Professor Doubt goes back to Socrates, who as rendered by Plato said that no one knowingly does evil. Action that is recognized as “evil” is unthinkable: “Doing wrong, according to Socrates, is a matter of ignorance — a matter of not knowing what is right and nothing more” is the simplistic position that Doubt has Plato’s Socrates maintain. “Once evil becomes action, once it aims toward some good, it is no longer evil.” Nationalism — “protecting” and promoting one’s own nation/people (greater Serbia or Croatia in the instance of Bosnia) is often the good, and although wanting to supplant the “Socrates position,” Doubt eventually comes back to it.

Along the way — in chapters that were previously published separately and which contain a great deal of repetition that should have been removed in cobbling together a book — Doubt pushes the concept of “sociocide,” i.e., attempts to destroy the society, not only to slaughter whatever “other” is being eliminated from the land. There certainly is something to the recognition that a part (that may be analytically distinct) of genocide is an attempt to obliterate the society of the gens. The “total war” pioneered by General Temseh William Sherman during the US Civil War (which did not involve slaughtering of civilians) aimed to obliterate not only the infrastructure of the Georgia and South Carolina economies, but of the society (based on slave labor). As Secretary of War, Sherman applied this destruction of the bases of society to the unpacified Indians (Wounded Knee was condoned but slaughtering civilians was not official policy). The genocide in Armenia aimed to destroy culture and society as well as remove Armenians.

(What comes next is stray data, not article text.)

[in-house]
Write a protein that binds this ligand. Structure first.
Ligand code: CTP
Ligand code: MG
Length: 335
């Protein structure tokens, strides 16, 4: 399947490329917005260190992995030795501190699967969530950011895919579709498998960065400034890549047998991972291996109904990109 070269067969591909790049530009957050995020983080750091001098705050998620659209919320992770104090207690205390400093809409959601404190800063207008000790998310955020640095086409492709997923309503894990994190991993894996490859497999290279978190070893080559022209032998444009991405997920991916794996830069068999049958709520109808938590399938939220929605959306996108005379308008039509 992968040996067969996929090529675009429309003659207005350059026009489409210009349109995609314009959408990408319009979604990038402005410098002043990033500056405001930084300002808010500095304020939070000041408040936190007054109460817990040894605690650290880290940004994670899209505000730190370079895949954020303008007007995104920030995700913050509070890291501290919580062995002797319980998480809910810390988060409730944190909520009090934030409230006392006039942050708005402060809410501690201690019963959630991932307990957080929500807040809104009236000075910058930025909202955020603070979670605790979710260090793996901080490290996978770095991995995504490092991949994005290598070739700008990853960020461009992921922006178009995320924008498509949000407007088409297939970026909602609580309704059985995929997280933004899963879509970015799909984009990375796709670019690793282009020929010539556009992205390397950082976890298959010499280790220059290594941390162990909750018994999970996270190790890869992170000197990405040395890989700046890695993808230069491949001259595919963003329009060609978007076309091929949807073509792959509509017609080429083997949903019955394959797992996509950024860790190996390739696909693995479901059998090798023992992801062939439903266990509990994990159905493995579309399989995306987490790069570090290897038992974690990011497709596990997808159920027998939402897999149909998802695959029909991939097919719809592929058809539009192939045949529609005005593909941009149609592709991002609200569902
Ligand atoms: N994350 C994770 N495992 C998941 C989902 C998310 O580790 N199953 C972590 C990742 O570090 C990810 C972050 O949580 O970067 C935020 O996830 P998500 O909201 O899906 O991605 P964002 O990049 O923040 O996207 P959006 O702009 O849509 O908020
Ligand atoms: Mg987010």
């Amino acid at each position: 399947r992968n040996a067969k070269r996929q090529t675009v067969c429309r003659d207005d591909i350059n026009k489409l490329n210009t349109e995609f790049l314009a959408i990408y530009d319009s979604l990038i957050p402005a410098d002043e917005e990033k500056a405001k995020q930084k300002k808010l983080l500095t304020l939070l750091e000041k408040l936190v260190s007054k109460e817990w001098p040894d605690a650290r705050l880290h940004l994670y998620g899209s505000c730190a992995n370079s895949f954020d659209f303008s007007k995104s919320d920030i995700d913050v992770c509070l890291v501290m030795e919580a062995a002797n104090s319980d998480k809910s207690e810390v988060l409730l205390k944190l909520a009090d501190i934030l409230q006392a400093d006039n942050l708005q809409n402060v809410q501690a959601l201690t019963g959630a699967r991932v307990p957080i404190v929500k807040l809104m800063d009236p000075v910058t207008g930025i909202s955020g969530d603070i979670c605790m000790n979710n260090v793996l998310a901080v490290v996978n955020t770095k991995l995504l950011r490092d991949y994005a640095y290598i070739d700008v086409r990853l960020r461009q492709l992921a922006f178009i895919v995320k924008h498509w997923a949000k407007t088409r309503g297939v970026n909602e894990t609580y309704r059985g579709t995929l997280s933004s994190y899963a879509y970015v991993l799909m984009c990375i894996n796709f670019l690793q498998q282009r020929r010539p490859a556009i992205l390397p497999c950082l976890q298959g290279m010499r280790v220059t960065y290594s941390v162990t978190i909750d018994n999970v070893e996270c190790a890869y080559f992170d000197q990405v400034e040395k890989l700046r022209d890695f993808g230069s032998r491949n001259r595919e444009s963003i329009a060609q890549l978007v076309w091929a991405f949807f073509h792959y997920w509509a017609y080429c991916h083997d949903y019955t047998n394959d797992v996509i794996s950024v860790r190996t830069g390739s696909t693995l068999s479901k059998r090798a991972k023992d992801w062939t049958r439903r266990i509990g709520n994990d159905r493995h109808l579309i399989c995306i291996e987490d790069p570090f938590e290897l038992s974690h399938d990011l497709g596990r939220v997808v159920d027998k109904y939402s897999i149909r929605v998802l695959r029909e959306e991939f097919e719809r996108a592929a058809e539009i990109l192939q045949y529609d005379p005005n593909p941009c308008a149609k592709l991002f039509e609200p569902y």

In Bosnia mosques and Muslims were particularly targeted (by Croats as well as by Serbs), but along with eliminating Muslims, a clear aim of the Serbs in particular was destruction of the society in which Muslims, Orthodox Christians, and Roman Catholics co-existed and intermarried. The Bosnian Muslims (often enough called “Turks” to link Muslim Slavs to the former multiethnic empire whose capital was Istanbul) were systematically raped and murdered and extirpating “Turkish” Muslim culture/religion was pressed as a worthy endeavor. To a lesser extent, terrorizing Bosnian Serbs who did not turn on their neighbors was also part of the project of “greater Serbia” (and, on a much smaller scale, Croatians militias punished Bosnian Croats who “collaborated” with Serbs and Muslims.